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Alzheimers Res Ther. 2015 Nov 12;7(1):70. doi: 10.1186/s13195-015-0149-7.

Central delivery of iodine-125-labeled cetuximab, etanercept and anakinra after perispinal injection in rats: possible implications for treating Alzheimer's disease.

Author information

1
Department of Internal Medicine, Radboud University Medical Center, Nijmegen, The Netherlands. megan.roerink@radboudumc.nl.
2
Department of Neurosurgery, University Medical Center Groningen, University of Groningen, Groningen, The Netherlands. r.j.m.groen@umcg.nl.
3
Department Radiology and Nuclear Medicine, Radboud University Medical Center, Nijmegen, The Netherlands. gerben.franssen@radboudumc.nl.
4
Central Animal Facility Nijmegen, Radboud University Medical Center, Nijmegen, The Netherlands. bianca.lemmers-vandeweem@radboudumc.nl.
5
Department Radiology and Nuclear Medicine, Radboud University Medical Center, Nijmegen, The Netherlands. otto.boerman@radboudumc.nl.
6
Department of Internal Medicine, Radboud University Medical Center, Nijmegen, The Netherlands. jos.vandermeer@radboudumc.nl.

Abstract

INTRODUCTION:

Alzheimer's disease is a debilitating condition, and the search for an effective treatment is ongoing. Inflammation, in reaction to amyloid deposition, is thought to accelerate cognitive decline. With tumor necrosis factor α being an important proinflammatory cytokine, a recent trial investigated the effect of the tumor necrosis factor α inhibitor etanercept after peripheral administration in patients with Alzheimer's disease. Although there was no significant effect, others have claimed spectacular effects of etanercept after perispinal injection. In the present study, the central delivery of drugs with a large molecular weight was evaluated after injection in the cervical perispinal region in rats. If successful, this strategy might increase therapeutic options for patients with Alzheimer's disease.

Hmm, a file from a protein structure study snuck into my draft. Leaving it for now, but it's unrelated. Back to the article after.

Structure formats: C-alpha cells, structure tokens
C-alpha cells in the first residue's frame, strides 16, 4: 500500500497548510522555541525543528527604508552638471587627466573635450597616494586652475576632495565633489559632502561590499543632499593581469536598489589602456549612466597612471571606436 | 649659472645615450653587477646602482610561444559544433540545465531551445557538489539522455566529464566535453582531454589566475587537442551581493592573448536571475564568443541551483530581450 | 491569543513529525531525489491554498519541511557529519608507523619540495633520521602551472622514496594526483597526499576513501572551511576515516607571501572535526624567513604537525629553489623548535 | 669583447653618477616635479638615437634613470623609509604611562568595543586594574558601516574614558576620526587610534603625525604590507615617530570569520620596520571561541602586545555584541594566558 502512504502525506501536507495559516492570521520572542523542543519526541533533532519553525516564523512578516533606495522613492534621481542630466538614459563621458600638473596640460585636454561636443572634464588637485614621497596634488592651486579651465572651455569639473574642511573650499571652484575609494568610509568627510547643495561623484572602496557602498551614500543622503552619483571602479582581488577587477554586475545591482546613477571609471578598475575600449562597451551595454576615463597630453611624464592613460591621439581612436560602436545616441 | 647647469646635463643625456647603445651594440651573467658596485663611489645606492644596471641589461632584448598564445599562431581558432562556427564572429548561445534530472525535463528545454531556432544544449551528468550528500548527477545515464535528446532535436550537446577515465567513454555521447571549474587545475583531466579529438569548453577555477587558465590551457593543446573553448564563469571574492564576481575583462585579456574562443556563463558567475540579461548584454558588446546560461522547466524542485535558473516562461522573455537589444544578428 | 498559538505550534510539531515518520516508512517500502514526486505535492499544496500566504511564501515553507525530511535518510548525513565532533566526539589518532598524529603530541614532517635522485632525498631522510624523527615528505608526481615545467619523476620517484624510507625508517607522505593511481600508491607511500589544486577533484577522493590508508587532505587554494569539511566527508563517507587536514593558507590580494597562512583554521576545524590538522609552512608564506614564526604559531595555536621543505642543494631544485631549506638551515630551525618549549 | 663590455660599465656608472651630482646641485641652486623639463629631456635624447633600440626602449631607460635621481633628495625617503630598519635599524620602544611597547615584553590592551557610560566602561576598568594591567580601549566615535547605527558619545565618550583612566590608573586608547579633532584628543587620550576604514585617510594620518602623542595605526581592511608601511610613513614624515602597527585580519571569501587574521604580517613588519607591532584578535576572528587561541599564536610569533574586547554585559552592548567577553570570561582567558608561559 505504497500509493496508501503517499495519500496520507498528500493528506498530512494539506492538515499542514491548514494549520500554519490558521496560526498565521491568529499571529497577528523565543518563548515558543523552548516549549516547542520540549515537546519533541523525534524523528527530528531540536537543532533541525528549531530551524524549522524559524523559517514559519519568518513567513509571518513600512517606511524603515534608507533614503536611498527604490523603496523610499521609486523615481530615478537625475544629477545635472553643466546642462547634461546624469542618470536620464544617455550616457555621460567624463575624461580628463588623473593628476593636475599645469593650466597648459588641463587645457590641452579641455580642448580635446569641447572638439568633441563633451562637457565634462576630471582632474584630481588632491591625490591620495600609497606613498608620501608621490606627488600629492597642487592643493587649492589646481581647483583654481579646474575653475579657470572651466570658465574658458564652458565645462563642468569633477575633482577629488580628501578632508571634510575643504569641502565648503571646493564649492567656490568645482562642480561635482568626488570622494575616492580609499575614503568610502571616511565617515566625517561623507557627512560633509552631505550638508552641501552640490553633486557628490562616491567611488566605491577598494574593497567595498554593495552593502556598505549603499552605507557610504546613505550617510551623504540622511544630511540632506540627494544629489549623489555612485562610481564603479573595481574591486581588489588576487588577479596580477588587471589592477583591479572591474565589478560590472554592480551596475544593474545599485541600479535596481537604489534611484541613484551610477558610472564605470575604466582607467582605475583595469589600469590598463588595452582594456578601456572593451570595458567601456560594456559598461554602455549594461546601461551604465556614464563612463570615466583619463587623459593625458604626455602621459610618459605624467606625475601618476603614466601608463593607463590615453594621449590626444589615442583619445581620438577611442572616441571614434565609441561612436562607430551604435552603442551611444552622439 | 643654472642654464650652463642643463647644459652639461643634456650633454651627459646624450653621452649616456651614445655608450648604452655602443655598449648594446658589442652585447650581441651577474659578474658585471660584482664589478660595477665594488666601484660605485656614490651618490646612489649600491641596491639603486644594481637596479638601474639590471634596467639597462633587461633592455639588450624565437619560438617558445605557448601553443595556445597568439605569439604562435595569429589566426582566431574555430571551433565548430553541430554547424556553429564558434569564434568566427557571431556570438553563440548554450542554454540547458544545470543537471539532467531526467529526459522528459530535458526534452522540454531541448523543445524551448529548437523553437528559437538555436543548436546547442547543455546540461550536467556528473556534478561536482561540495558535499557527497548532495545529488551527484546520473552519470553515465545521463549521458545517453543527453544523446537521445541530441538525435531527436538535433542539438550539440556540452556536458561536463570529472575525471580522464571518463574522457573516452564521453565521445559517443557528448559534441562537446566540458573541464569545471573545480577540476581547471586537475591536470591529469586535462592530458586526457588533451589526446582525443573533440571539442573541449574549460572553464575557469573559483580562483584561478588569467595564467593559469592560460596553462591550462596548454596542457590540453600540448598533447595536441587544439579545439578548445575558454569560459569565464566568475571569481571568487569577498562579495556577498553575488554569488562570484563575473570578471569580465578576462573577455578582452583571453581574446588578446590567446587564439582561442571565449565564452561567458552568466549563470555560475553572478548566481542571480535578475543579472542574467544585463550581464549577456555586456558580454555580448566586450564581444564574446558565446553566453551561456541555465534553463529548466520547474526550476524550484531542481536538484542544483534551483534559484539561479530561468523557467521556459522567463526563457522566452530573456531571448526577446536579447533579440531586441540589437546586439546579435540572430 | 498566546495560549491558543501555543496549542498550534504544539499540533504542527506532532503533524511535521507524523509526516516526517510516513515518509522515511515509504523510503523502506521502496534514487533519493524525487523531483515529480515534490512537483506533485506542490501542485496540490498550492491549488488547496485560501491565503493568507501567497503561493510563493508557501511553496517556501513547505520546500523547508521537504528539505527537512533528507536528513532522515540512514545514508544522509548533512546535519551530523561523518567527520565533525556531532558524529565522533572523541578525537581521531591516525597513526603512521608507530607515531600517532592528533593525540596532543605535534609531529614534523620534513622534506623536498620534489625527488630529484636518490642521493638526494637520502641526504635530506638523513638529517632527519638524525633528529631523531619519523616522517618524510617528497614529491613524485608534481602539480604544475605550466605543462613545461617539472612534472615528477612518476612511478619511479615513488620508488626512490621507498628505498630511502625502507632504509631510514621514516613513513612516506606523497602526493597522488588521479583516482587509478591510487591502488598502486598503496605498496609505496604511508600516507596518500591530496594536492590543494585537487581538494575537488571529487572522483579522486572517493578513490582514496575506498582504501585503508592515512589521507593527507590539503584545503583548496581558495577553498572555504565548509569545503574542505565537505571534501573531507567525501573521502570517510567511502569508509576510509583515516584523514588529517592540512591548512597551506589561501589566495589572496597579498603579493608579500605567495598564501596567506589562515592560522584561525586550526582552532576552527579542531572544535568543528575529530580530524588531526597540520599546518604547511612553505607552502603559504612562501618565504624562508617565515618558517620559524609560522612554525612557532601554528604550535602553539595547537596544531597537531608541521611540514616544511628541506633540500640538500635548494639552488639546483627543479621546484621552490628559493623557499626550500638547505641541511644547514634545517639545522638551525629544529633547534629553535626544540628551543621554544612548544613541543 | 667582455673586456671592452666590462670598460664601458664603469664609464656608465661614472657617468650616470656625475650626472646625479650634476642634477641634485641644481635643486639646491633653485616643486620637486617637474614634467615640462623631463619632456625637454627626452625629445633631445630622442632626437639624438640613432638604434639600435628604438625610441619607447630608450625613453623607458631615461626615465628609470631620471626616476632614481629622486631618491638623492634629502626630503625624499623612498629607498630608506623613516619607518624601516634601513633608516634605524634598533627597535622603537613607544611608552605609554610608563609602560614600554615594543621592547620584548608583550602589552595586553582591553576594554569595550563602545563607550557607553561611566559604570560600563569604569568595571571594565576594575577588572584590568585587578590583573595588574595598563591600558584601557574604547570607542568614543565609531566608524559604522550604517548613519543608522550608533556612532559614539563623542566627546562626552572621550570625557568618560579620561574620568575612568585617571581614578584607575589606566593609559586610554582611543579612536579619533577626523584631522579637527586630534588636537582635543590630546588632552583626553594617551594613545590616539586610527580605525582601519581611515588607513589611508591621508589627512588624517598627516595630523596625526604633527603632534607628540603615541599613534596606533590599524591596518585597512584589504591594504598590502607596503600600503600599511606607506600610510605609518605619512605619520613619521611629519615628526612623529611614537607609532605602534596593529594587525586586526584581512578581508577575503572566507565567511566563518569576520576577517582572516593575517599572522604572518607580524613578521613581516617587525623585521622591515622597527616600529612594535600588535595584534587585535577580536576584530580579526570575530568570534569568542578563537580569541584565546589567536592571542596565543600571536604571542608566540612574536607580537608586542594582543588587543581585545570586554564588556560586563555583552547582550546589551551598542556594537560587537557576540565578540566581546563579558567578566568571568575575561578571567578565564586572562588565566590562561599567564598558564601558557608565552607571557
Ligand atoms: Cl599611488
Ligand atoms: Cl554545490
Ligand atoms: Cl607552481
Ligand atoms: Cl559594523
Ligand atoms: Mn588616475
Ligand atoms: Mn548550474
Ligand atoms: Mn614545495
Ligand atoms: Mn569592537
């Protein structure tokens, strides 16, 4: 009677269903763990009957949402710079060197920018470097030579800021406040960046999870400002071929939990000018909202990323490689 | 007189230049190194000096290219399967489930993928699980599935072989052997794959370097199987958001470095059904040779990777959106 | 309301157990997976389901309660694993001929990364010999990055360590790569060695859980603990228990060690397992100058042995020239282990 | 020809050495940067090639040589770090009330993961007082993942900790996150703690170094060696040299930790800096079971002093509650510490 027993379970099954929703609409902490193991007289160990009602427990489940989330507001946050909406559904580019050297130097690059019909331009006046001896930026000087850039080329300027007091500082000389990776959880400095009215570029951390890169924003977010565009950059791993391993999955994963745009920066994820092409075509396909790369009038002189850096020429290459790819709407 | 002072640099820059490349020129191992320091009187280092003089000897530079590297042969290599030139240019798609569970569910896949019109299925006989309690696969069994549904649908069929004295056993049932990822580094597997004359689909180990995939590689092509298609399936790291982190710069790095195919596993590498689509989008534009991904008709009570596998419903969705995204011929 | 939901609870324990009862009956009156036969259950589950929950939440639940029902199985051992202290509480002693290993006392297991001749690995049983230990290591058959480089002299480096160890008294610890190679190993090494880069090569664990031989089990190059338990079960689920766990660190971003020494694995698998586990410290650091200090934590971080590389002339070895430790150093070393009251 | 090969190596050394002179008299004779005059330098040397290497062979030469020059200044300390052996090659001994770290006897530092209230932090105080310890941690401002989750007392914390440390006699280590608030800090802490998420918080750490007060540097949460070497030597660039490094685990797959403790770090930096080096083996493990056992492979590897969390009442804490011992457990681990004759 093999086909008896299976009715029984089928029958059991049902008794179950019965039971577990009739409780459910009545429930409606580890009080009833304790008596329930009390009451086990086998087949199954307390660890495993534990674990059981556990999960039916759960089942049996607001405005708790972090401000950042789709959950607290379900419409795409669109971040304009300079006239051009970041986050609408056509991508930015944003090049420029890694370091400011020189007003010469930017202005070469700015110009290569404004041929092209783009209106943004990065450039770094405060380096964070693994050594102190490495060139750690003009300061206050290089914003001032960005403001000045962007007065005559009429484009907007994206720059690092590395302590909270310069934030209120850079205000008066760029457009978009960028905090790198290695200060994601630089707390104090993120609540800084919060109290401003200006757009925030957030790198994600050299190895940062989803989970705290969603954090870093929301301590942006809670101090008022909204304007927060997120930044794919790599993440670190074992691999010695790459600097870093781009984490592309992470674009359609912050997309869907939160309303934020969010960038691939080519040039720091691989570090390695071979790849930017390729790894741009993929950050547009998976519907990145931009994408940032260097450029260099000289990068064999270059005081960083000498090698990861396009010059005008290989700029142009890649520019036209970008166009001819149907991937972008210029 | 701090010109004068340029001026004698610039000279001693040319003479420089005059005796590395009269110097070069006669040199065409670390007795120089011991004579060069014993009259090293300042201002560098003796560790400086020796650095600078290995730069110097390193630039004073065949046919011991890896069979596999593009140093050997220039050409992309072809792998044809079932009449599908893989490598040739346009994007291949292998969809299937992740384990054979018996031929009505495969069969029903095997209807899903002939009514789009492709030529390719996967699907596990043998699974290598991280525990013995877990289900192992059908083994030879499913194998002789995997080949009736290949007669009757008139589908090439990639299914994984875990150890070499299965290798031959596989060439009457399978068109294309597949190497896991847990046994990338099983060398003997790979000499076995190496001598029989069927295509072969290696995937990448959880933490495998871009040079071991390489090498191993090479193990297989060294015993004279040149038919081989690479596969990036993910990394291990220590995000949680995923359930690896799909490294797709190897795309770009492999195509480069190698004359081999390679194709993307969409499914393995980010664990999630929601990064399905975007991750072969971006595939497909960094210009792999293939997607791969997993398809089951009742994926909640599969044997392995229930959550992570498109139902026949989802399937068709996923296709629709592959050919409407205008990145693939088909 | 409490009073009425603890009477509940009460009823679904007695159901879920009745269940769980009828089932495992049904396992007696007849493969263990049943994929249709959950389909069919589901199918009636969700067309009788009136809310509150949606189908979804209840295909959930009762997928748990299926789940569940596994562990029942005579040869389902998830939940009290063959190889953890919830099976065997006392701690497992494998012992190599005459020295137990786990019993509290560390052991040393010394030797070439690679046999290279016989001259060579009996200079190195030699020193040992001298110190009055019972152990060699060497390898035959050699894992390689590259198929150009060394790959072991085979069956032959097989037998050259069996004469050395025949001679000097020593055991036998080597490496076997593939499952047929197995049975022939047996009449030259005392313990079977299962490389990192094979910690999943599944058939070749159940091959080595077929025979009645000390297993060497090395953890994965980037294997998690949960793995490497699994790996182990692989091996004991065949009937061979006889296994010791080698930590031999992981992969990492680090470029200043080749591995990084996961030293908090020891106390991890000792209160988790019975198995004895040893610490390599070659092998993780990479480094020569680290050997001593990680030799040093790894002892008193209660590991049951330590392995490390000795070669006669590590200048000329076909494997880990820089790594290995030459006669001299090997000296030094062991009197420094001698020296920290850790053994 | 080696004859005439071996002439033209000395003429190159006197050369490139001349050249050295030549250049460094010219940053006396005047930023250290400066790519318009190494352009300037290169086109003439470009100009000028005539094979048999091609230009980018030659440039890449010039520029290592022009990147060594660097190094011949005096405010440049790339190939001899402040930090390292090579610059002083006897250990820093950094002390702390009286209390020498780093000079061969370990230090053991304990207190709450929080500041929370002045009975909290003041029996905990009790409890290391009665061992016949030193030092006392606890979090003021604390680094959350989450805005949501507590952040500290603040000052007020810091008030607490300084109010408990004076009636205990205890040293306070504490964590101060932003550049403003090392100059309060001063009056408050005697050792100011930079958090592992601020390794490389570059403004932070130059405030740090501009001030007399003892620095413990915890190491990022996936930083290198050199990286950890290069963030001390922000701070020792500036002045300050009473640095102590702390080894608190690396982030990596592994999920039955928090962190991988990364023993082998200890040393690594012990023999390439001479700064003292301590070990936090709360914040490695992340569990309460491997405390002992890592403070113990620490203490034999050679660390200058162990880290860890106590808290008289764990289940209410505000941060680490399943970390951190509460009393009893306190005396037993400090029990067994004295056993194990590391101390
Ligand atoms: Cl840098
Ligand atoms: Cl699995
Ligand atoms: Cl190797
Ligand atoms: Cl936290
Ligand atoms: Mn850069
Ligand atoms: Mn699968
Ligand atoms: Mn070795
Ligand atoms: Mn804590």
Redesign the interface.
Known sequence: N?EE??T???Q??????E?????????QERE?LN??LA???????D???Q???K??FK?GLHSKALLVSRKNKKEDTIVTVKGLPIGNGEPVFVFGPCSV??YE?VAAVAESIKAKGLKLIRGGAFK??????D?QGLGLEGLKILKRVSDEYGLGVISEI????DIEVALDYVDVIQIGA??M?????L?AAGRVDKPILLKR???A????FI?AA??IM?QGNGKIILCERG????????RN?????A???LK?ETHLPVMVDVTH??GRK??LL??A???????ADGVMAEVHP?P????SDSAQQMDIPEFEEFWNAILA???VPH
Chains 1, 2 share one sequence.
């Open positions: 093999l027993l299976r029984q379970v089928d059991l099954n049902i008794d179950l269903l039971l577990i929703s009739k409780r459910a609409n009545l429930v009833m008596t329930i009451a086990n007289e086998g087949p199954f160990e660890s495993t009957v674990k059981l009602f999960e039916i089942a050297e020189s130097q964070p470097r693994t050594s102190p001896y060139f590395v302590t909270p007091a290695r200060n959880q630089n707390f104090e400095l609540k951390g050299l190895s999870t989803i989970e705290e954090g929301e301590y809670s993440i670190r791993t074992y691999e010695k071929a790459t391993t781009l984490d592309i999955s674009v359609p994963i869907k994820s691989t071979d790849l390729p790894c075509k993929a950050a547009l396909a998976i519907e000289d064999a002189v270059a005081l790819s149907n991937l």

METHODS:

Nine male Sprague-Dawley rats were given injections of iodine-125-labeled cetuximab (146 kDa), etanercept (51 kDa), and anakinra (17 kDa). Each radioiodinated drug was injected in the perispinal region in two rats and into the dorsal tail vein in one rat. Directly after injection, the rats were placed in a head-down position for 3 minutes to direct blood flow into the valveless vertebral venous system. A single-positron emission computed tomography scan was acquired starting 5 minutes after injection, subsequently the rats were euthanized and bio-distribution was determined.  

RESULTS:

Intracranial delivery of the radiolabeled drugs could not be visualized in all but one of the rats. Injected drugs accumulated locally in the perispinal region.

CONCLUSIONS:

In this study, no evidence could be found for the delivery of drugs to the central nervous system after perispinal injection. Additional research is needed before this treatment can be used in patients with Alzheimer's disease.

PMID:
26560086
PMCID:
PMC4642641
DOI:
10.1186/s13195-015-0149-7
[Indexed for MEDLINE]
Free PMC Article

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